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From the Flat Files: Flowers from Jo Whaley and James Pitts

photo-eye Gallery From the Flat-Files: Flowers from Jo Whaley and James Pitts Delaney Hoffman
photo-eye Gallery Assistant Delaney Hoffman compares and contrasts works of Jo Whaley and James Pitts

Details from James Ware Pitts' Flower portfolio (2021) and Jo Whaley's Eucalyptus (2012)

Hello one and all! My name is Delaney Hoffman, I’m the Gallery Assistant here at photo-eye and had the pleasure of choosing some work from our flat files to talk about this week. I have always loved photography because it is a medium that lends itself to construction of allegorical meaning in the most slippery way. One can make millions of images over a lifetime that relate not only to the individual photographer’s experience, but also to all of the other images that they have seen and digested. A single symbol can mean one thing for a long time or various things over a varied period of time, but the task of symbolic interpretation ultimately falls upon the viewer.

When thinking about symbolic interpretation and representation, I found myself stricken by the very, very small portfolio in the flat file of James Pitts that is simply entitled Flowers. Only 2 x 1.5” large, the portfolio is full to the brim with 55 tiny, beautifully made pigment prints of Pitts’ floral still lifes. Some of these can be seen below:

A selection of images from Flowers, 55 archival pigment prints in handmade box, 2" x 1.5," edition of 18, $250

Unboxing the flower portfolio feels like nothing short of a miracle; there is beauty in endless supply. Independent of how beautiful the images themselves are, their size demands intimate interaction. These pictures command attention through closeness. It is impossible not to be hyperconscious of your own body while going through this work; feeling the roughness of your fingers rock nimbly around the tiny archival pigment prints that maintain the tonal quality of their large format platinum palladium predecessors.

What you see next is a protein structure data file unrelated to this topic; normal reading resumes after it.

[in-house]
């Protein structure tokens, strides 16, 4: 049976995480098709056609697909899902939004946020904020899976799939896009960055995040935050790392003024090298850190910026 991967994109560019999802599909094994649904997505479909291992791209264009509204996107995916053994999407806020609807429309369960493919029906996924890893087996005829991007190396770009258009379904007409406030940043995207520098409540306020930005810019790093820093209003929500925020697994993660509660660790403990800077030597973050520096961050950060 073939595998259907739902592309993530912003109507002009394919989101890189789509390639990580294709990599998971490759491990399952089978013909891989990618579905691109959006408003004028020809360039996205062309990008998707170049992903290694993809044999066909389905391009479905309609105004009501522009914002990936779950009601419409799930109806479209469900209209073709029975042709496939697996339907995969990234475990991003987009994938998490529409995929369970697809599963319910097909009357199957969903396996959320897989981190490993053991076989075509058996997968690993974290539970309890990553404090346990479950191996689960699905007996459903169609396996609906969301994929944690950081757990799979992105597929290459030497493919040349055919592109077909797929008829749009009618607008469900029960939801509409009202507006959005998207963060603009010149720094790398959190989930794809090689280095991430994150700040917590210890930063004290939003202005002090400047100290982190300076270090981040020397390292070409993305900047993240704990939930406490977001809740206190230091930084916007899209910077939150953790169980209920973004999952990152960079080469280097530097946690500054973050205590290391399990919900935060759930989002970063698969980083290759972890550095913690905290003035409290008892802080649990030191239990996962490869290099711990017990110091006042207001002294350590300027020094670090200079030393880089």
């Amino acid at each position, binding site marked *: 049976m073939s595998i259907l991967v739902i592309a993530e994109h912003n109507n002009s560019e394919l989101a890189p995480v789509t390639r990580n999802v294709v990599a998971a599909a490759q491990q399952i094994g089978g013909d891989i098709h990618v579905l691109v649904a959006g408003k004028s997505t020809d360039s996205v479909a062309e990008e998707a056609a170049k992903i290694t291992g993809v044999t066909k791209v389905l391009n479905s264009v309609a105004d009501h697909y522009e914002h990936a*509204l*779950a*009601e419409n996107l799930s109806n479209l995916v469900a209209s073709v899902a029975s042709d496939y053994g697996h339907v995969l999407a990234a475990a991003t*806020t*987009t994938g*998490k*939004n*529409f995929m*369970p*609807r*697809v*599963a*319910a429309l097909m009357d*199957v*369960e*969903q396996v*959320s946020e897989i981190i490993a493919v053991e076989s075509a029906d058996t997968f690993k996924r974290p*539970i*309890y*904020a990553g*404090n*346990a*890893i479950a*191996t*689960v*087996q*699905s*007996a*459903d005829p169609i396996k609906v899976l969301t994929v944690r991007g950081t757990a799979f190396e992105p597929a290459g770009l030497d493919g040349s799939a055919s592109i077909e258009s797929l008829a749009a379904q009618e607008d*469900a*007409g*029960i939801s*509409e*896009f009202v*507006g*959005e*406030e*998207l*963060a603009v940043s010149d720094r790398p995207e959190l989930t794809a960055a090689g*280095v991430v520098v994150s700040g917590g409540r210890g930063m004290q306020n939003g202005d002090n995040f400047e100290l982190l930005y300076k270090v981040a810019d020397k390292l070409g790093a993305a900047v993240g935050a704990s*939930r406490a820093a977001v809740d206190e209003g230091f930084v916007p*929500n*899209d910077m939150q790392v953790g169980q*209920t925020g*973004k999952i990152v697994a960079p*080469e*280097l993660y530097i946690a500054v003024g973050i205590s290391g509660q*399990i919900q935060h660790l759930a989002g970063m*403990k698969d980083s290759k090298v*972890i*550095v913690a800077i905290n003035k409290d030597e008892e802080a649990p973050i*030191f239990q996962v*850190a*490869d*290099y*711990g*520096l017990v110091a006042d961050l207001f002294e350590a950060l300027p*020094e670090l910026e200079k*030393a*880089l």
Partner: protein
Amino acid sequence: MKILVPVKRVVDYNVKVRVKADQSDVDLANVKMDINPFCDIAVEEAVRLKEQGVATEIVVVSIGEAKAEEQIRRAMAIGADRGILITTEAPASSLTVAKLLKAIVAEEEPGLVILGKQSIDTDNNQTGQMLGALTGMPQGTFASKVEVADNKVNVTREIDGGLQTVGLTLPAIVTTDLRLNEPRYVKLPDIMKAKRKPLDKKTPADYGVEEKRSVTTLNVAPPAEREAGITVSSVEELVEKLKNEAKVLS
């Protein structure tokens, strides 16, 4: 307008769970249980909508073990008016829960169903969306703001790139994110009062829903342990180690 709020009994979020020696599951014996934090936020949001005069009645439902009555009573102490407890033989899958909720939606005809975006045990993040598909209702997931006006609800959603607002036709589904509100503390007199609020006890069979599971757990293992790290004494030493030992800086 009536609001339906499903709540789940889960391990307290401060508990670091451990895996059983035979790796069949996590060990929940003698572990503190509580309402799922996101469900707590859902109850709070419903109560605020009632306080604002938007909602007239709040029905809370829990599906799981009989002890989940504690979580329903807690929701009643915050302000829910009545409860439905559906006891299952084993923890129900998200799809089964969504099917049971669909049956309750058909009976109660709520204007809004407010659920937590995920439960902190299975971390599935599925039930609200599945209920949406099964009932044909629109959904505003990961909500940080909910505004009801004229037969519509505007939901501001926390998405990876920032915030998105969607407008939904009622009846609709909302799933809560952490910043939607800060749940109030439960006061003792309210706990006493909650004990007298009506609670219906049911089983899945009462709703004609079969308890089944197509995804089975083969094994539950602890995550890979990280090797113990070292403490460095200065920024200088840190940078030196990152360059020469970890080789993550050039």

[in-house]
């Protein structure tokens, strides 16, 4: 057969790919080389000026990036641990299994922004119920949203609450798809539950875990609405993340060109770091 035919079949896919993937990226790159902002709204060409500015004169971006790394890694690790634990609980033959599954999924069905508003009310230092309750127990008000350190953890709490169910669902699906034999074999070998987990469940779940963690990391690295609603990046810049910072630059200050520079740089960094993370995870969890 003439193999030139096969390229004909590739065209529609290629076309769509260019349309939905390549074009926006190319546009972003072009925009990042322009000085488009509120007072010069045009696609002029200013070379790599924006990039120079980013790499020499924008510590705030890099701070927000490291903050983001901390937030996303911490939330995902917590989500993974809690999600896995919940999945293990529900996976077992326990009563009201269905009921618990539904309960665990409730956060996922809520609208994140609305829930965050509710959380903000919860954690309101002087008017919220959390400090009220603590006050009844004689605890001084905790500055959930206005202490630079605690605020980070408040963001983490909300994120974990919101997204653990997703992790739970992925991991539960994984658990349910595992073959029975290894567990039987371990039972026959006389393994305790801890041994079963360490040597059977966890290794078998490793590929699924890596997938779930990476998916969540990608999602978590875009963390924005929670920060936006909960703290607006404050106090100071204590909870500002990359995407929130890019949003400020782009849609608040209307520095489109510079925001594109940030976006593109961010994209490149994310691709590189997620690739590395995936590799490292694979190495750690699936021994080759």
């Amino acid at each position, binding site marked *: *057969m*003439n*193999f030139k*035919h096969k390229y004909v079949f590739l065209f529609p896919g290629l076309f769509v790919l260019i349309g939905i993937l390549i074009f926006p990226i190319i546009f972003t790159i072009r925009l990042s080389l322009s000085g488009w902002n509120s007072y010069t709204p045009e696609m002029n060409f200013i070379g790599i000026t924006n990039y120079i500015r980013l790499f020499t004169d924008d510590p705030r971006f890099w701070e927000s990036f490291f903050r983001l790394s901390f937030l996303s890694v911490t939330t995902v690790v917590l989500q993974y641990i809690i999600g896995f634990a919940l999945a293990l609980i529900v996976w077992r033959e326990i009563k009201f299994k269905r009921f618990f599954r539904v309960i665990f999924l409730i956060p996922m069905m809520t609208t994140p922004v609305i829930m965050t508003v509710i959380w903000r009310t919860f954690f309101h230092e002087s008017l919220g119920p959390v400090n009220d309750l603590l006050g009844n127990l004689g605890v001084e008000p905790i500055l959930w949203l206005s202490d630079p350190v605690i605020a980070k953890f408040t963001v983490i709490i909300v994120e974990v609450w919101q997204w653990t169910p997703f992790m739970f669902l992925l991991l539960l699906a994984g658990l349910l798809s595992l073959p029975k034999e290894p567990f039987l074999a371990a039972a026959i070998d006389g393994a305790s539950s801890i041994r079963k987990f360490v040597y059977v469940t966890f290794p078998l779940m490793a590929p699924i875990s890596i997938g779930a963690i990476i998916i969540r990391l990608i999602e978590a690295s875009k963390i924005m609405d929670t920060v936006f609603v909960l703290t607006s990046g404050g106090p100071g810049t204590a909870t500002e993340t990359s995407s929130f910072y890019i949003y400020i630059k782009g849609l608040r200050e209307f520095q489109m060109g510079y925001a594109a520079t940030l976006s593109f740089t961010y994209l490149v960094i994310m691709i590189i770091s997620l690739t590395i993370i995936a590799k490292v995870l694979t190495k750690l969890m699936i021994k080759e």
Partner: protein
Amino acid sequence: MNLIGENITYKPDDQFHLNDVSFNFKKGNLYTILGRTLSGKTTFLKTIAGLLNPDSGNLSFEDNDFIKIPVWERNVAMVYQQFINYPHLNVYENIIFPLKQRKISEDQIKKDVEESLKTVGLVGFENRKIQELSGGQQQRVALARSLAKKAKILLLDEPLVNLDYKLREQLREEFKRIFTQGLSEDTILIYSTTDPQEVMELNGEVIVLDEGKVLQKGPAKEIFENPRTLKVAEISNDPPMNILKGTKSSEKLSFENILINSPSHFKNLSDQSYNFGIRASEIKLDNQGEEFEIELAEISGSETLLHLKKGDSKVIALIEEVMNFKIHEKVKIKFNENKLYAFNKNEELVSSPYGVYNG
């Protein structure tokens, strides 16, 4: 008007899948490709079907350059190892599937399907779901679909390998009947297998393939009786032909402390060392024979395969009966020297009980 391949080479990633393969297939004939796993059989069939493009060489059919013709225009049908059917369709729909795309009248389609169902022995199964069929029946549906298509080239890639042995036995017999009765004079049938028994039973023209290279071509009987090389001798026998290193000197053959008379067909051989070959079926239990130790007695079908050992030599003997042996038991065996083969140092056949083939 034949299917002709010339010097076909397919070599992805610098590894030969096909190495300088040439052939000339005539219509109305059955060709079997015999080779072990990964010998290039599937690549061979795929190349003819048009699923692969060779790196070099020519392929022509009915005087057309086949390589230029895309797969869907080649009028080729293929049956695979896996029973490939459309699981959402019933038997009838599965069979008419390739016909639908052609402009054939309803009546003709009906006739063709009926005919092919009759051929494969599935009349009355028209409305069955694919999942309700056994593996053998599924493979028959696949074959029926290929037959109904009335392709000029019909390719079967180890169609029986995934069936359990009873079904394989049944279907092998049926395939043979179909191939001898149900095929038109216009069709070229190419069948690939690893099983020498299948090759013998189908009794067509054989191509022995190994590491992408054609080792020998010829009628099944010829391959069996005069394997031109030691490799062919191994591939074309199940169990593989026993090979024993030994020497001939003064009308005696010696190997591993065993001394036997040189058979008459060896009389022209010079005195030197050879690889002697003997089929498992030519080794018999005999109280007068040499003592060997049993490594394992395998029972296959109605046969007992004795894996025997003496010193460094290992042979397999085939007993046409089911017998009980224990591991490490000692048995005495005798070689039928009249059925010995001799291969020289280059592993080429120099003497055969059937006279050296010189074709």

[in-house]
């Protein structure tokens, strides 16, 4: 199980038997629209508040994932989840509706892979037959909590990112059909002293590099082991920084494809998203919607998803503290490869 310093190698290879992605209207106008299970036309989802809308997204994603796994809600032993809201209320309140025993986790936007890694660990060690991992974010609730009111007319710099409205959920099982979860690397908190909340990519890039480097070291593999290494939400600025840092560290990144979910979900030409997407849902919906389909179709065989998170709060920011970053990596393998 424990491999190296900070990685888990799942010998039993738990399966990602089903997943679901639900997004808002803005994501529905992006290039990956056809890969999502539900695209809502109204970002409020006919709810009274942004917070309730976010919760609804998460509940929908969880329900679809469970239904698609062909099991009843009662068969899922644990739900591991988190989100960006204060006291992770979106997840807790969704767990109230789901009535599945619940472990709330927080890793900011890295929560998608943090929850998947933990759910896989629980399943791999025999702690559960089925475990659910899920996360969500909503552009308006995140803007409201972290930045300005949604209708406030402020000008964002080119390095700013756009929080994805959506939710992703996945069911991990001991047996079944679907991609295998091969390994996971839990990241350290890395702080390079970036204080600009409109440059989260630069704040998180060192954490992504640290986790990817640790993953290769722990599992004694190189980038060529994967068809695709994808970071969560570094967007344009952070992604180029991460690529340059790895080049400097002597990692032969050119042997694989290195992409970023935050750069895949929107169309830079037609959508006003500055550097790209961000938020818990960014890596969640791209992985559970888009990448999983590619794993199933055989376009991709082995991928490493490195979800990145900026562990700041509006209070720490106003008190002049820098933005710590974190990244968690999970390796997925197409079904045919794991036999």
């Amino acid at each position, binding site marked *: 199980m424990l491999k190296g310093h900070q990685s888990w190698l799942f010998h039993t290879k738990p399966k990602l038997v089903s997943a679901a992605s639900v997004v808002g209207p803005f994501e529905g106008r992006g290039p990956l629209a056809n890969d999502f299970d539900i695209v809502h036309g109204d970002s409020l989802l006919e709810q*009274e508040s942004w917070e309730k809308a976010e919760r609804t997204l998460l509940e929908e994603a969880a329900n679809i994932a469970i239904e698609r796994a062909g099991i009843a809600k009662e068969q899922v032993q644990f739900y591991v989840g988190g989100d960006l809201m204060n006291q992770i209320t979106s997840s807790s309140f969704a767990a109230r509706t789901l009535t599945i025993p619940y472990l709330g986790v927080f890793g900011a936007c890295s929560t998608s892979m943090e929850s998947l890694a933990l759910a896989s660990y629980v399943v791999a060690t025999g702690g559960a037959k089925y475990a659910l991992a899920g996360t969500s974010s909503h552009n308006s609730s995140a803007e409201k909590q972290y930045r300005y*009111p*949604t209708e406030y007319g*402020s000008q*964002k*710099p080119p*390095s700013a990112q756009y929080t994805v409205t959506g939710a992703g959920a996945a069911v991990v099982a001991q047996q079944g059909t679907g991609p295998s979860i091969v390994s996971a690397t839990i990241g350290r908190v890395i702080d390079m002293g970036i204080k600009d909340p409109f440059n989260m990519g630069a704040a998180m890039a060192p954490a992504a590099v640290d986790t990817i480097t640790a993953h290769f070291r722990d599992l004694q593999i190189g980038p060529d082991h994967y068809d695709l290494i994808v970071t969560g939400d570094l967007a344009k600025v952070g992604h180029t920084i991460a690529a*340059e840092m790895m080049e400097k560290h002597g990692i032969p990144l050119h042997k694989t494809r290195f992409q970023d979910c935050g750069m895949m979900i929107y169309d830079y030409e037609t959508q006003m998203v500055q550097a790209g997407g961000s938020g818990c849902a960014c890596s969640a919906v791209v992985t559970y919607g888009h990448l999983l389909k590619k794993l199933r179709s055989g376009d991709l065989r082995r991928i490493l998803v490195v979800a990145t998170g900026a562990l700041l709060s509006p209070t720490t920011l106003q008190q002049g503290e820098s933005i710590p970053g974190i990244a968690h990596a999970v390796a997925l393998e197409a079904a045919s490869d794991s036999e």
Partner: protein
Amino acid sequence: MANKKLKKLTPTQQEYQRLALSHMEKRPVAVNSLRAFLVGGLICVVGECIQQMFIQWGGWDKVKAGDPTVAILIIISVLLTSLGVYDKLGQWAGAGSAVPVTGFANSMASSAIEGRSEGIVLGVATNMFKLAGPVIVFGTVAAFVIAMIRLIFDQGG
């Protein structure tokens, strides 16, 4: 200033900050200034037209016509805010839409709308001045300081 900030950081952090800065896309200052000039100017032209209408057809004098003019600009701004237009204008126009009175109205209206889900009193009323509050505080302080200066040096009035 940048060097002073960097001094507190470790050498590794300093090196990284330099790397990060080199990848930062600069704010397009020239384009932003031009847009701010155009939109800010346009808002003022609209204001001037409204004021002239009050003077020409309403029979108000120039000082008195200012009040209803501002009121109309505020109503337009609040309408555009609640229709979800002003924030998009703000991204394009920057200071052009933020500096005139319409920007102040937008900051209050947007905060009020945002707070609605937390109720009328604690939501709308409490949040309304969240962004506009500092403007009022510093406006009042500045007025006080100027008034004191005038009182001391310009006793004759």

James Pitts, Bottle with Sharon's Seeds, 1998, platinum palladium print, 8"x10," edition of 25, $2000

The attention this work draws to the viewer’s body strikes me, a young woman author, as coming from a masculine position, regardless of the gender of the artist. If the flower has been so often substituted or used interchangeably with the female form throughout art history, then Pitts’ portfolio is effectively a preservation box. The flower is a collectible beauty that is rendered permanent and static by the photograph — an idea that seems in opposition to the floral representations in Jo Whaley’s Botanical Studies.

The image from Botanical Studies that I feel intensely drawn to is Eucalyptus (2012):

Jo Whaley, Eucalyptus, 2021, archival pigment print, 24" x 19," edition of 25, $2000

Jo Whaley renders her single eucalyptus branch with a similar precision to James Pitts’ flowers, though she seems to be driven by an ulterior motive. The presence of a pooling pink liquid tells us that some sort of extraction has taken place or is in progress; this flowering body is not static but is transitioning into something else. Whaley’s attachment to lighting manifests here with an almost sterile quality being imparted onto the subject by its cool tones and overall sharpness, but the balance that she communicates through the single wire knot at the top of the frame, and through the tangible fragility of her mysterious glass instrument, makes this image curious, uncanny and even humorous.

Whaley’s botanicals are in transition; a state that stands in opposition to the stasis that Pitts situates his own florals. A man watches a woman’s body, the woman lives in the body, and there is a fundamental difference between these two positions. The co-existence of these two works as images (or collections of images) in the same gallery, despite the way that they’re culturally opposed from an analytic perspective, is my favorite part about working in the arts. There are so many objects that give us fodder to think about — whether we agree with them, don’t, or aren’t sure — and in that ambiguity there is always some sort of beauty to marvel at.

A selection of images from Flowers with the author's hand for scale.
Flowers is 55 archival pigment prints in handmade box, 2" x 1.5," edition of 18, $250

Contact us to purchase prints by Jo Whaley or James Pitts.

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All prices listed were current at the time this post was published.

For more information, and to purchase prints, please contact Gallery Director Anne Kelly or Gallery Assistant Delaney Hoffman, or you may also call us at 505-988-5152 x202